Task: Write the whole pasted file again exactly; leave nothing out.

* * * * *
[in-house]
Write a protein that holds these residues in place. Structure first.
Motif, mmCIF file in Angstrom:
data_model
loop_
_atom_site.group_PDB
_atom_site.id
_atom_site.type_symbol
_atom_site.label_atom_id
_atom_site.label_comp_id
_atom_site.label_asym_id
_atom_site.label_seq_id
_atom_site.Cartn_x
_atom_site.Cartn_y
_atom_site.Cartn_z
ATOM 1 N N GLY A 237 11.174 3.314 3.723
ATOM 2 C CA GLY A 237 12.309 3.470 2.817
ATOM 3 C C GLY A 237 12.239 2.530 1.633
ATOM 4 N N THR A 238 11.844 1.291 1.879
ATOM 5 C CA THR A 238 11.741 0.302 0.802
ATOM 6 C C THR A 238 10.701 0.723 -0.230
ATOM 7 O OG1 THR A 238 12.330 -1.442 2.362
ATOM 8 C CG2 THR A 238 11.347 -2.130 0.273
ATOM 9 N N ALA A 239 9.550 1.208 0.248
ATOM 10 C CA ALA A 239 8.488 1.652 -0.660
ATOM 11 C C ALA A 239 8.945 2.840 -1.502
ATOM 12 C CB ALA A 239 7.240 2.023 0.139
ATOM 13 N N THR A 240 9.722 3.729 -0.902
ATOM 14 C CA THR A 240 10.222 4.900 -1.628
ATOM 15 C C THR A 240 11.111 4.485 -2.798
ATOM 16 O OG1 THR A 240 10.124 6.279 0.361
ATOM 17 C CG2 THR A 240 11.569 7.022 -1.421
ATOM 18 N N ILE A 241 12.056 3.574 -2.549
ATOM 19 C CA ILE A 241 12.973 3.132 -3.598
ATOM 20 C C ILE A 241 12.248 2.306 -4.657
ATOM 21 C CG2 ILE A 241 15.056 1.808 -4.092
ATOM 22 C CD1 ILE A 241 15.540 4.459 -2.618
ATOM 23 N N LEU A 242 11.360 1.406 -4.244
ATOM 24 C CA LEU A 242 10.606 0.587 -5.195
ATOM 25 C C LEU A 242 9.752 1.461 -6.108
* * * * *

[in-house]
Write a protein that holds these residues in place. Structure first.
Motif, mmCIF file in Angstrom:
data_model
loop_
_atom_site.group_PDB
_atom_site.id
_atom_site.type_symbol
_atom_site.label_atom_id
_atom_site.label_comp_id
_atom_site.label_asym_id
_atom_site.label_seq_id
_atom_site.Cartn_x
_atom_site.Cartn_y
_atom_site.Cartn_z
ATOM 1 N N GLY A 237 11.174 3.314 3.723
ATOM 2 C CA GLY A 237 12.309 3.470 2.817
ATOM 3 C C GLY A 237 12.239 2.530 1.633
ATOM 4 N N THR A 238 11.844 1.291 1.879
ATOM 5 C CA THR A 238 11.741 0.302 0.802
ATOM 6 C C THR A 238 10.701 0.723 -0.230
ATOM 7 O OG1 THR A 238 12.330 -1.442 2.362
ATOM 8 C CG2 THR A 238 11.347 -2.130 0.273
ATOM 9 N N ALA A 239 9.550 1.208 0.248
ATOM 10 C CA ALA A 239 8.488 1.652 -0.660
ATOM 11 C C ALA A 239 8.945 2.840 -1.502
ATOM 12 C CB ALA A 239 7.240 2.023 0.139
ATOM 13 N N THR A 240 9.722 3.729 -0.902
ATOM 14 C CA THR A 240 10.222 4.900 -1.628
ATOM 15 C C THR A 240 11.111 4.485 -2.798
ATOM 16 O OG1 THR A 240 10.124 6.279 0.361
ATOM 17 C CG2 THR A 240 11.569 7.022 -1.421
ATOM 18 N N ILE A 241 12.056 3.574 -2.549
ATOM 19 C CA ILE A 241 12.973 3.132 -3.598
ATOM 20 C C ILE A 241 12.248 2.306 -4.657
ATOM 21 C CG2 ILE A 241 15.056 1.808 -4.092
ATOM 22 C CD1 ILE A 241 15.540 4.459 -2.618
ATOM 23 N N LEU A 242 11.360 1.406 -4.244
ATOM 24 C CA LEU A 242 10.606 0.587 -5.195
ATOM 25 C C LEU A 242 9.752 1.461 -6.108